Category: Health & Safety

Kate Walker

Does working in transport increase your diabetes risk?

Picture of Kate Walker, CEO of The Diabetes Safety Organisation

We asked Kate Walker from the Diabetes Safety Organisation to share with us the reasons why our work together on diabetes is so important to TSSA members and transport workers. This is the first in a series of blog posts on diabetes awareness, and will help start our community discussion with TSSA reps and impacted members on Friday 14th June, 1230-1330. If you are interested in attending that virtual event, please register using the link button at the end of this blog.

Kate Walker, Diabetes Safety Organisation...

Type 2 diabetes is a national health emergency in the UK. For every 1,000 employees, 82 have diabetes, 20 of these do not know they have the condition – the majority of people have no symptoms when they are diagnosed. Given how much time we spend at work, workplaces are a significant factor in our personal risk of developing type 2 diabetes and our ability to manage diabetes if we have the condition.

Diabetes is a complex and frequently misunderstood condition. Often played down as “less serious” than other conditions, diabetes is the leading cause of blindness in the working-age population and causes 190 limb amputations a week (outcomes referred to as ‘diabetes complications’). Around 500 people die prematurely each week in the UK from diabetes as the primary cause. People with diabetes have a higher risk of 57 other health conditions (‘co-morbidities’) including heart disease, stroke, cancer and kidney disease. People with diabetes are 10 times more likely to experience fatigue, for example, but may not associate their fatigue with diabetes.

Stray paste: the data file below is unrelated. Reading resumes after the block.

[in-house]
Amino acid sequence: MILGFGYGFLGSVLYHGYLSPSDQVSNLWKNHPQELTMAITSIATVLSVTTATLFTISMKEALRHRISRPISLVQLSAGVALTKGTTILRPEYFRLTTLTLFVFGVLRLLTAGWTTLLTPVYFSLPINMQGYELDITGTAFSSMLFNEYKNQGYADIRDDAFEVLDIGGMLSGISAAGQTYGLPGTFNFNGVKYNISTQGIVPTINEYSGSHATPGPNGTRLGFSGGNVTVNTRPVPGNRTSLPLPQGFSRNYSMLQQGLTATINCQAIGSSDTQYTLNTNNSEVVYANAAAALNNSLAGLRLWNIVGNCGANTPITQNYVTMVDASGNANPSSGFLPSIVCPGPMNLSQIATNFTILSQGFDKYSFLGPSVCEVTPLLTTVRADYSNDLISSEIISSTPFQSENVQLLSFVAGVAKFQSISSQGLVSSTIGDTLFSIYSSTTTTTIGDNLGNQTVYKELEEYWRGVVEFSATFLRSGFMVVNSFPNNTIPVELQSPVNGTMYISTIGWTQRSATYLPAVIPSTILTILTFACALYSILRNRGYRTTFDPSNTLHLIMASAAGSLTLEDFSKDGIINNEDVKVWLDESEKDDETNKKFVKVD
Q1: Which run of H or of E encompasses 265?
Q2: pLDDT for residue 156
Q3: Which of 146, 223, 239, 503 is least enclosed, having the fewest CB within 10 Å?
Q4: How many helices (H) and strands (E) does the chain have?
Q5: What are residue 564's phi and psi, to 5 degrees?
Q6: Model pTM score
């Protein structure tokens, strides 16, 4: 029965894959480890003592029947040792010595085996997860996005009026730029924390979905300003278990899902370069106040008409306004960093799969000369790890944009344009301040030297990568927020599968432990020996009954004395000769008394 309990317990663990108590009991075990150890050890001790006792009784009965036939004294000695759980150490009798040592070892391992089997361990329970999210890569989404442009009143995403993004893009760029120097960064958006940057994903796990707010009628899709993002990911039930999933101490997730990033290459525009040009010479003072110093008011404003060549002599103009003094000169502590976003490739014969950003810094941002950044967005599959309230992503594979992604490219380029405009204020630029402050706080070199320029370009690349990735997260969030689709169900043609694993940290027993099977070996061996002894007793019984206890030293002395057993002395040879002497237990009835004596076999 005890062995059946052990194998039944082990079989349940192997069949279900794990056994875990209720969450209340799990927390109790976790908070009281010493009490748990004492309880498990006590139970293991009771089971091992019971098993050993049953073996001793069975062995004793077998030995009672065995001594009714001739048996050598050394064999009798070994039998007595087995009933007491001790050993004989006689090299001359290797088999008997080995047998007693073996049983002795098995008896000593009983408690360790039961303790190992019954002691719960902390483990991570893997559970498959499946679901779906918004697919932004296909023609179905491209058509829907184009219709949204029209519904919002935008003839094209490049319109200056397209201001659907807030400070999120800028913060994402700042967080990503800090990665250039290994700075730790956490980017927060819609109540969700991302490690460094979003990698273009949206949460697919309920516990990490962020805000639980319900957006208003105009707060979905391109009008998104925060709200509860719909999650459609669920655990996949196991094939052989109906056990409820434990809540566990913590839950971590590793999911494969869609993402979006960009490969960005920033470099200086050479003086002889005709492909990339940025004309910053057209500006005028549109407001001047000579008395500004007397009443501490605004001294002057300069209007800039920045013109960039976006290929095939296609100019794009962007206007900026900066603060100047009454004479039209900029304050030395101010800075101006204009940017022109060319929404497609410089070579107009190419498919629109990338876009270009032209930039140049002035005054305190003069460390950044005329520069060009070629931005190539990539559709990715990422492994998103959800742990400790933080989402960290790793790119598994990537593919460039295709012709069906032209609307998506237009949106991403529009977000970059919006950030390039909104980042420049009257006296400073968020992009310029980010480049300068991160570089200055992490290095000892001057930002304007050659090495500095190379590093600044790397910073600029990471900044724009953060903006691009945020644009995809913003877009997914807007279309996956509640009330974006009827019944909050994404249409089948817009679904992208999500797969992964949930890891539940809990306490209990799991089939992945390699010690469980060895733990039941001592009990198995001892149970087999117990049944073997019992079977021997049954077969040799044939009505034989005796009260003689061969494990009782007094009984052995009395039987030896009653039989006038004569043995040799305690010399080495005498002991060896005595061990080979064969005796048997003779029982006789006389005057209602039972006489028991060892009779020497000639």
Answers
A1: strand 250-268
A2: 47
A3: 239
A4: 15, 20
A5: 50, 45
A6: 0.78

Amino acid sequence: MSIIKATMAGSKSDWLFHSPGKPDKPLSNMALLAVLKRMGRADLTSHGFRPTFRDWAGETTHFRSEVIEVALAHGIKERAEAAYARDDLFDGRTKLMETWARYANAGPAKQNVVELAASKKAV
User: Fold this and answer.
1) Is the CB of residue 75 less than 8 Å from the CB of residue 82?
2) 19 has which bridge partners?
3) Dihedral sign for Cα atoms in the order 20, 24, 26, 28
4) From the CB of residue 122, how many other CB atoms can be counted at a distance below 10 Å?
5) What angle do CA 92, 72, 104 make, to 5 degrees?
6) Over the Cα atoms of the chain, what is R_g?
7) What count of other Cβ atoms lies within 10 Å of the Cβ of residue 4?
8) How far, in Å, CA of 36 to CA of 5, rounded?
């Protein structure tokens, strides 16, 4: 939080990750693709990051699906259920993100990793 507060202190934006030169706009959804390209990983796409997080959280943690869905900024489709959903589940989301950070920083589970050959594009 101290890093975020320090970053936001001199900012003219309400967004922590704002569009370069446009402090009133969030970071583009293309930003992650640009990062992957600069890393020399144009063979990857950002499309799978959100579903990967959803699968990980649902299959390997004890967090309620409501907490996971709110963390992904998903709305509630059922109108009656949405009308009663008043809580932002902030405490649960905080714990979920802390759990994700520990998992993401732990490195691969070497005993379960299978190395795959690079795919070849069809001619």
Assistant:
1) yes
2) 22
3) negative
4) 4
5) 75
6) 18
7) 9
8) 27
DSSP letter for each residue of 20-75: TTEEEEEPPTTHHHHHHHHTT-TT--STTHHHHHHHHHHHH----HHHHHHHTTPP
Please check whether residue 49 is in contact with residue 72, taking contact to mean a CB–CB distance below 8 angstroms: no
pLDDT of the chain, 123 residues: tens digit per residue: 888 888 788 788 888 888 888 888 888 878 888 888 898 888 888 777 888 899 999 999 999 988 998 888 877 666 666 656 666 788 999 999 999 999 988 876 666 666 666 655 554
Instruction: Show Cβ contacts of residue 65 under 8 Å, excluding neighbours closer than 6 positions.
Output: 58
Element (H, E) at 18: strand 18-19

The day-to-day management of diabetes also brings its own risks. Around 600,000 people with type 2 diabetes and 400,000 people with type 1 diabetes use insulin to manage their diabetes. How the body responds to insulin can change – for example, a hot day can increase the body’s sensitivity to insulin – and this can make it challenging for people with diabetes to predict the exact dose needed. Too small a dose and blood sugar levels remain too high, increasing the risk of complications and comorbidities if high over long periods. Too large a dose and the person risks a ‘hypo’ – when blood sugar drops too low.

Hypos and hypers can impair balance, coordination, and concentration. Severe hypos can cause seizures and loss of consciousness. For every 1,000 employees there will be an estimated 1-3 severe hypos happening in the workplace per month. In our research, half of employees said they would not know what to do if someone was having a hypo.

The link between work and diabetes risks

Most people know that type 2 diabetes is linked to poor diet and lack of exercise, but many are unaware that workplace factors such as stress, ability to take breaks, shift patterns and time to rest between shifts all increase diabetes risk. One in three working-age people are ‘pre-diabetic’ and work practices and culture significantly contribute to that risk (take the Diabetes UK ‘know your risk’ test here People who drive for a living are estimated to be twice as likely to develop diabetes than the average population.